Usual suspects

It's quite a coincidence – a film about hooliganism has come out just before Euro 2004. David Stubbs finds barely a redeeming feature in people who really should know better

As evidence of the mindset of fevered gormlessness in which this film was forged, director Nick Love says he wanted to make a film about the white working-class men “who make up 70 per cent of this country”. That demographic howler speaks more about a disproportionate fascination with hooliganism, its cama­raderie, its violence, its blood and honour, than about reality, about which The Football Factory proudly says next to nothing.

There may be some who find authenticity in this film, but the “truth” about hooliganism is in flux. To say it’s a thing of the past is complacent, to say it’s as prevalent as ever is alarmist. It recrudesces, dies down, is displaced. Its sociology has been raked over hun­dreds of times, often by writers concealing their hard-ons beneath the baggy trousers of academic rhetoric. Even those who didn’t particularly want to know about hooliganism probably know all they need to by now.

The Football Factory bristles with bravado, imagines it’s revealing ugly truths, breezing up the skirts of the prissy liberals. But it’s set in concrete cliche. You’re shocked, but only that the filmmakers imagine they’re saying or doing anything new here. The narrative voiceover, the freezeframe when introducing characters, filch directly from Lock, Stock… and Trainspotting. An early wind-up scene is a straight steal from Goodfellas. Still, they do arrive, like Livingstone at the Victoria Falls, upon one startling observation. The hool­ies do it, apparently, for “the buzz”. Oh, yes.

The Football Factory, however, has all the buzz of a dead wasp in an ancient jam jar. Based on John King’s novel, it’s about a Chelsea firm gearing up for a ruck with their Millwall counterparts and the crisis of one of its younger members, who has a premonition of death. There’s one solid performance, that of Frank Harper as the Tony Soprano-esque Billy Bright, albeit with bone in lieu of psychological complexity. The rest of the cast, however, come on like an assortment of Rada students doing “cockney” and old-timers grateful for work. You expect from Danny Dyer’s Tommy Johnson, the narrator, some semblance of humanity, some longing to break out of the hoolie syndrome. “You’re bright,” urges an older, ex-firm member. “Think about it.” But he isn’t. He’s a pudgy-faced, zero-dimensional, obnoxious, self-pitying, lairy shit, not unlike the film’s target audience. You realise his narrative isn’t a moral torchlight, but a means of filling what might otherwise be reflective silences. Which wouldn’t be so bad if the script sparkled – but this is the witless braying out to the witless. After a flashback to Billy’s dad chasing off new Asian neighbours, Johnson narrates: “With parents like this he were never gonna end up in Greenpeace!” The rising sneer invites the response: “Wahey, I should facking coco. Greenpeace? Wankahs!”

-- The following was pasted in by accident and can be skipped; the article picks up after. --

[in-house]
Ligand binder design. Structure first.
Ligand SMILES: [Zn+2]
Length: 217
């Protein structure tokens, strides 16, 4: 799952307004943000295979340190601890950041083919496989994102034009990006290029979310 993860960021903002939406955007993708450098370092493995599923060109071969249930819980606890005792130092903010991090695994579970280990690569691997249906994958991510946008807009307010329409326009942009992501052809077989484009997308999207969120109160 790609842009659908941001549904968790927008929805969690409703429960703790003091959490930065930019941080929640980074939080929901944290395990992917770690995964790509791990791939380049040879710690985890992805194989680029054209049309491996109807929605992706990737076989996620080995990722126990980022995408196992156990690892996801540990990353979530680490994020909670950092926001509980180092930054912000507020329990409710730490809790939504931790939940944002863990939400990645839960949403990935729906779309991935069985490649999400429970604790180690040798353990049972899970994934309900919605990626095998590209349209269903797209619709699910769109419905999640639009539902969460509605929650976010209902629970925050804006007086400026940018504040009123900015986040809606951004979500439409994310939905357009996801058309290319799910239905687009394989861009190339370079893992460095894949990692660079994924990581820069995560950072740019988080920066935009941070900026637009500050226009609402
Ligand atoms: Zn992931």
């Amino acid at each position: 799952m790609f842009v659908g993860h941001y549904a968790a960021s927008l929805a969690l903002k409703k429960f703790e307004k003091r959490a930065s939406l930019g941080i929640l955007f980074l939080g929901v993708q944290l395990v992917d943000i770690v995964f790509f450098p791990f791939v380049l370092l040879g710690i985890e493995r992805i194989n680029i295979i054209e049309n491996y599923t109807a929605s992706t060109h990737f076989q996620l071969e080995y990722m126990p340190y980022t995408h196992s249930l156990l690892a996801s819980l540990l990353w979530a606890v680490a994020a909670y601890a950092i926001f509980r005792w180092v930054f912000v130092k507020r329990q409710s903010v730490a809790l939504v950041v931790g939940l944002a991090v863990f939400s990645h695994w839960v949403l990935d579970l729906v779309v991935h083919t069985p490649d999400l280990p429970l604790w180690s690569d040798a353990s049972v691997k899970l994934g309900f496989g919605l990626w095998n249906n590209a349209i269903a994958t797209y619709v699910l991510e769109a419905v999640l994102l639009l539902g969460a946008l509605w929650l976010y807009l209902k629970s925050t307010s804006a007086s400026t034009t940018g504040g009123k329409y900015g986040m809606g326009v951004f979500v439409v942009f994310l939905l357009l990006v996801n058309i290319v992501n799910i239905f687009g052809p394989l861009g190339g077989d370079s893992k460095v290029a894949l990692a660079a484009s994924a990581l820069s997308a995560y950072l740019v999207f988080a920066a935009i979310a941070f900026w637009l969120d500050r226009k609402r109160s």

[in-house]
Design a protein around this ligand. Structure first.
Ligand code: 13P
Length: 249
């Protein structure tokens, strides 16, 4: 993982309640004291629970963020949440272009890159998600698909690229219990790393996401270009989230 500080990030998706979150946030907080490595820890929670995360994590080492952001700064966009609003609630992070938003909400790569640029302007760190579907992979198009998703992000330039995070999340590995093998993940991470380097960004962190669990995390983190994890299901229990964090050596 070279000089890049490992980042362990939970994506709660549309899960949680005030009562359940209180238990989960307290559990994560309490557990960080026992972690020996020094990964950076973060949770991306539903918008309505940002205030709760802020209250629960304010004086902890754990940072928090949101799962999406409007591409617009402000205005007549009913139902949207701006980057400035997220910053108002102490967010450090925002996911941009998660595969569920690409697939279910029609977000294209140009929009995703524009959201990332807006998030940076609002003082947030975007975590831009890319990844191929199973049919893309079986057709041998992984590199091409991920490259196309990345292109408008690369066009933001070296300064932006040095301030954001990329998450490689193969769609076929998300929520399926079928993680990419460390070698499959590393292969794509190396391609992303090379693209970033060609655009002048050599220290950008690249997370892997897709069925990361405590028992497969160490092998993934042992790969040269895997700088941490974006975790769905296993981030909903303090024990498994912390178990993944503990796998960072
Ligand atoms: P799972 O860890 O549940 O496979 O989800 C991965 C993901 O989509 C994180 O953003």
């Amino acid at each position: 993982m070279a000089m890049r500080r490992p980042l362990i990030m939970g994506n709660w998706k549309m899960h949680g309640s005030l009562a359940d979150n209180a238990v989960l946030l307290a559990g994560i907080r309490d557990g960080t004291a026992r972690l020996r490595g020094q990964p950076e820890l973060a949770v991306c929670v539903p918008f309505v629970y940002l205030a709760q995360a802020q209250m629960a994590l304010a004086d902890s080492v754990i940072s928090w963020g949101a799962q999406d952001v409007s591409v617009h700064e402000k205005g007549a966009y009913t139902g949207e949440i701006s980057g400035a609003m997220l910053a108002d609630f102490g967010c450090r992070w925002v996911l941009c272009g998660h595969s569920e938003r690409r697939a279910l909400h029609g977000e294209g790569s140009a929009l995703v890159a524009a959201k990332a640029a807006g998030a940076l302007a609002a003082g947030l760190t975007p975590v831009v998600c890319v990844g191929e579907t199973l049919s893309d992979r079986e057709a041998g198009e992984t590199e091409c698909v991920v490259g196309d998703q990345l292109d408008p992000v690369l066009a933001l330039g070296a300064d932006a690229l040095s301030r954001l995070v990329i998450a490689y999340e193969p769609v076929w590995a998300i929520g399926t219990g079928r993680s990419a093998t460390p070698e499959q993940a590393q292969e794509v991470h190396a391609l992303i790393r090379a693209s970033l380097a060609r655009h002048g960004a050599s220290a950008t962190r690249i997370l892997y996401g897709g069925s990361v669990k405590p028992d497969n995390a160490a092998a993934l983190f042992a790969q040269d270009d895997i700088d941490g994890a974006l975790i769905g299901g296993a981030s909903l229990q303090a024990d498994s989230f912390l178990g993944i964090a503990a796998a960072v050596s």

The makers claim The Football Factory is “moral”, but that’s belied by the marketing (the director gurgling about how well screenings went down with Cardiff’s Soul Crew) and the timing of its release, prior to Euro 2004. It’s also belied by the conclusion, in which only a copper-bottomed tosser could take satisfaction. No pulpit hysteria here – this film will have no bearing on levels of violence in Portugal. Still, it doesn’t help. Nor is it helpful that the film provides no sense of the peaceable majority, passionate about football but wanting absolutely rid of these over-romanticised boneheads. The action takes place in a south London vacuum, as if the characters are invisible to the wider community.

One could wish that The Football Factory had been a different sort of film, except that its makers shouldn’t be making films at all. Every plot device is tediously predictable, contrived or implausible. Chara­cters such as Jamie Foreman’s bigoted cab driver (whom the hoolies eschew, in a strange, cack-handed attempt to establish politically correct brownie points for the film) are pitifully stereotypical. As are the middle-class potential in-laws, who might as well be pinstriped cardboard cut-outs, to whom a lead character makes the film’s keynote speech, deriding “desperate suburban lives” against which, apparently, hooliganism is a glorious, Betjemanesque rebellion. This drivel would never emerge from the mouth of a hooligan, to whom cocking a snook at Acacia Avenue is not an uppermost priority, but would from a self-loathing, hooligan-fetishising middle-class type.

It adds further grist to the feeling that this film was made amid the whiff of takeaway cappuccinos, drawn from that contemporary generation of “geezers” who “should know better” who, depressingly, line up voluntarily alongside those who don’t know better. Love brags that this film will “disturb” Guardian– and Independent-reading types. Well, I’m a Guardian– and Independent-reading type. Why? Because I don’t want to stay stupid. The kind of stupid person that would either make, or be thrilled by, a wretched film such as this.

From WSC 209 July 2004. What was happening this month